Notes to self from the conference presented by NYU’s Clive Davis Institute of Recorded Music, November 7th, 2014.
Session: Keynote Closing Remarks
Presenter: Mike Errico (Adjunct Faculty, The Clive Davis Institute of Recorded Music)
Here comes the reality check.
Making music for its sake and only to be heard is not a financial model of sustainability. I’m not critiquing the purity of being creative and connecting to yourself, the world and the cosmos through music; that is a sanctified act not to be denigrated. But in terms of making a living as a musician there has to be more than creation for its own sake alone. For survival in the biz, it requires licensing (synchronization to film and videos) to align it with ancillary products or services and defined income streams. Merch (music-speak for merchandising) is also good. Then there is touring, but I’m jumping a little ahead of myself.
From the keynote speaker’s remarks and others at this conference twas heard that as far as having your works of sound art on music streaming sites and apps, any music licensing service — subscription or otherwise — is not going to pay back the music creator. Musicians receiving checks for one cent, literally, from Spotify and the like for getting their music played many thousands of times are running jokes among those who are not Taylor Swift, a precious observation made by Mike Errico. A million plays or more might crack the dollar ceiling.
The modes of distribution in the digital realm are far more fracturing than past modes yet, as Mr. Errico noted, there are a multiplicity of new opportunities when you open yourself to looking beyond conventional routes. But you have to be enterprising, tenacious, and fairly innovative. Hopefully, if you have what it takes to write a great song then you may already possess these qualities and only need to refocus your gaze through the other end of the lens. Or partner with those who can.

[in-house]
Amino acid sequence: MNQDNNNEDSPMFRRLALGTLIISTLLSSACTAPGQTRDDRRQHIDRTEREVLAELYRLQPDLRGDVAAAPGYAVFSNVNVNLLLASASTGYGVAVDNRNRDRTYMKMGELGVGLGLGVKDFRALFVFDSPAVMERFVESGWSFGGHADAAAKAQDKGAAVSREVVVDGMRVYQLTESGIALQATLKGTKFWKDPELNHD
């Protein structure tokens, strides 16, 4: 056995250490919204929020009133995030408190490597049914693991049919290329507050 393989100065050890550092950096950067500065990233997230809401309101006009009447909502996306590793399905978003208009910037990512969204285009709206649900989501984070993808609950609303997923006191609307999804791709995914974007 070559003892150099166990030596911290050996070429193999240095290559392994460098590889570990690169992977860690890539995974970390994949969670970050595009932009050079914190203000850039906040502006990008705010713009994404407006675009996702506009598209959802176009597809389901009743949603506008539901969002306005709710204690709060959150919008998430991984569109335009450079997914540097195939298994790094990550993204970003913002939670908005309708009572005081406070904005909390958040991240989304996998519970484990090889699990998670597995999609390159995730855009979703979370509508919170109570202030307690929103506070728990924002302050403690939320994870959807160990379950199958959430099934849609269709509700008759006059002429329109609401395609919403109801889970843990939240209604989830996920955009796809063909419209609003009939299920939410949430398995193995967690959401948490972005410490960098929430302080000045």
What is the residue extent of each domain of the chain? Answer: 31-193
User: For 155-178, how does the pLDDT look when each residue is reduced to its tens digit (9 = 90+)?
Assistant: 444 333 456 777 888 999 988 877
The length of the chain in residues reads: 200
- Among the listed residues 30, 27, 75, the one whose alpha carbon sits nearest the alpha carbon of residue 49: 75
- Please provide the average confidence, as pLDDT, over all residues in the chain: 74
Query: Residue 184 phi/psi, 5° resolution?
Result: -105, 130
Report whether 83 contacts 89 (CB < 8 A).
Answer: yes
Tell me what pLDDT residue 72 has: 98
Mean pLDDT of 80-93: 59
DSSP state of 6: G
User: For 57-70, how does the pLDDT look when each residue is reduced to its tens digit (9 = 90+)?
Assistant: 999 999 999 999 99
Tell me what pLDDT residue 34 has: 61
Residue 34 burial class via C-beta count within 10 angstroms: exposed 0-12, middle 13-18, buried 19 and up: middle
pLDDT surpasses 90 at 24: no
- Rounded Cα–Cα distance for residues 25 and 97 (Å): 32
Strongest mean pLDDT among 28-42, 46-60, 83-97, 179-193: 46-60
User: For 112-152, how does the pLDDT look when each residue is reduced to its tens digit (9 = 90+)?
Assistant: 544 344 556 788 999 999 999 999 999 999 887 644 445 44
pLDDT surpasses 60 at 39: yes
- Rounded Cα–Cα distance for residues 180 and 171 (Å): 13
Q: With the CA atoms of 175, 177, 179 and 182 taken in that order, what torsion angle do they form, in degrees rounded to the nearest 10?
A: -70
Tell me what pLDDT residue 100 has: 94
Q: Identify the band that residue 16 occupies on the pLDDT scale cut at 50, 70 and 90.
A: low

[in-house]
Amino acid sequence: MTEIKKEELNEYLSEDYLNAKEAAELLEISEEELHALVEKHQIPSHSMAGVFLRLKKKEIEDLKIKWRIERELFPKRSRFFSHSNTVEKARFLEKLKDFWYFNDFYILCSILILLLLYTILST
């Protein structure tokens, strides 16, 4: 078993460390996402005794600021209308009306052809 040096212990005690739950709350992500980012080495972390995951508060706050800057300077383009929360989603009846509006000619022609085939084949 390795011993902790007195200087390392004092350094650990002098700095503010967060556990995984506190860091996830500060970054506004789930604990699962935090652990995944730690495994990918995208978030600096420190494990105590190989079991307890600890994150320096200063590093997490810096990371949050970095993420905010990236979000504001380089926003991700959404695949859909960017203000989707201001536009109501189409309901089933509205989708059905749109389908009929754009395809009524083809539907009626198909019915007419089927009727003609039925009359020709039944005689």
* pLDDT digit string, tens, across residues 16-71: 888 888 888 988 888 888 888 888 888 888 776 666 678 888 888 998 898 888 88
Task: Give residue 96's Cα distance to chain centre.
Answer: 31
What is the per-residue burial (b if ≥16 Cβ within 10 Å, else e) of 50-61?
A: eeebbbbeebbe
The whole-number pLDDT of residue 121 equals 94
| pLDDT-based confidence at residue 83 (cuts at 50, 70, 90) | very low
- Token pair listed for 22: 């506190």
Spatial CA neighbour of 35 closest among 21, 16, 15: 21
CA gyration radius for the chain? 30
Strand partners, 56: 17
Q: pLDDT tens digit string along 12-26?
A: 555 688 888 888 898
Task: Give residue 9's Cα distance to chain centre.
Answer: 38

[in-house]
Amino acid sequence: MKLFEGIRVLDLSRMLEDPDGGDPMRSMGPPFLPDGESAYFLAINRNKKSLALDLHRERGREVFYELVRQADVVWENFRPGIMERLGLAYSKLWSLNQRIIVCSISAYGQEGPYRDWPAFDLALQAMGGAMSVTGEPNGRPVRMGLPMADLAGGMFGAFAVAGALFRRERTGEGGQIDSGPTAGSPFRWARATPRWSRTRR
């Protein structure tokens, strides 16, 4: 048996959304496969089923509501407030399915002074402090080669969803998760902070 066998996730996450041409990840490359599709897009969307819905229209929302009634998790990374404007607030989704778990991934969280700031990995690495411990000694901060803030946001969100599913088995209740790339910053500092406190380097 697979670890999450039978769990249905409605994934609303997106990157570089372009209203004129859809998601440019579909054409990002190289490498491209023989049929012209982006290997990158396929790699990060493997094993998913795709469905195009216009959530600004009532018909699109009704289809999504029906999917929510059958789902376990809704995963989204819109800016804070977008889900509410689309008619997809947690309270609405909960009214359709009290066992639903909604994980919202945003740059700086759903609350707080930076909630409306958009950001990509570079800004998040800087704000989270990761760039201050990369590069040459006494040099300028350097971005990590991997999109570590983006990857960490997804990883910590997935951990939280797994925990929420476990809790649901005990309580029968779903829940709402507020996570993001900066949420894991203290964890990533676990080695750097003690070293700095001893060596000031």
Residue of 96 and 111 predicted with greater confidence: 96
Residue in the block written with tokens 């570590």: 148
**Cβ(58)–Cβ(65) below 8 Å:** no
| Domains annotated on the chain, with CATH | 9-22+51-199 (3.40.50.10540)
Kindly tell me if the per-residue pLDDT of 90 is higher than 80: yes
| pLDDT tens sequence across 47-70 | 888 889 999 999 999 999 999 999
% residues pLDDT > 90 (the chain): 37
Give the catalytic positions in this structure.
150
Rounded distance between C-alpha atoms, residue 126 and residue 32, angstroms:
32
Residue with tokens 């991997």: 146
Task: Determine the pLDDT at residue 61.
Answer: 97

It is worth noting that Errico deftly and hilariously pointed out (you really had to be there) anyone who says touring is where musicians need to be to make their money has never actually been on tour(!) Its a slog; it can be dangerous for innumerable reasons, not least of which he noted is being able to maintain health insurance; and once off the tour–five minutes after, I believe Mike cited as the exact moment–the income stream, that fabled fount of wealth to be found on the road, is all but over. Hey, sign me up.
Note that I have done my best to accurately represent my experiences, interpretations and impressions. These are my words and transcribed notes and are not the verbatim ideas of the presenters unless quoted directly within the text. Therefore, the conference’s participants should not be held accountable for any misstatements of fact or intention that may occur on these pages.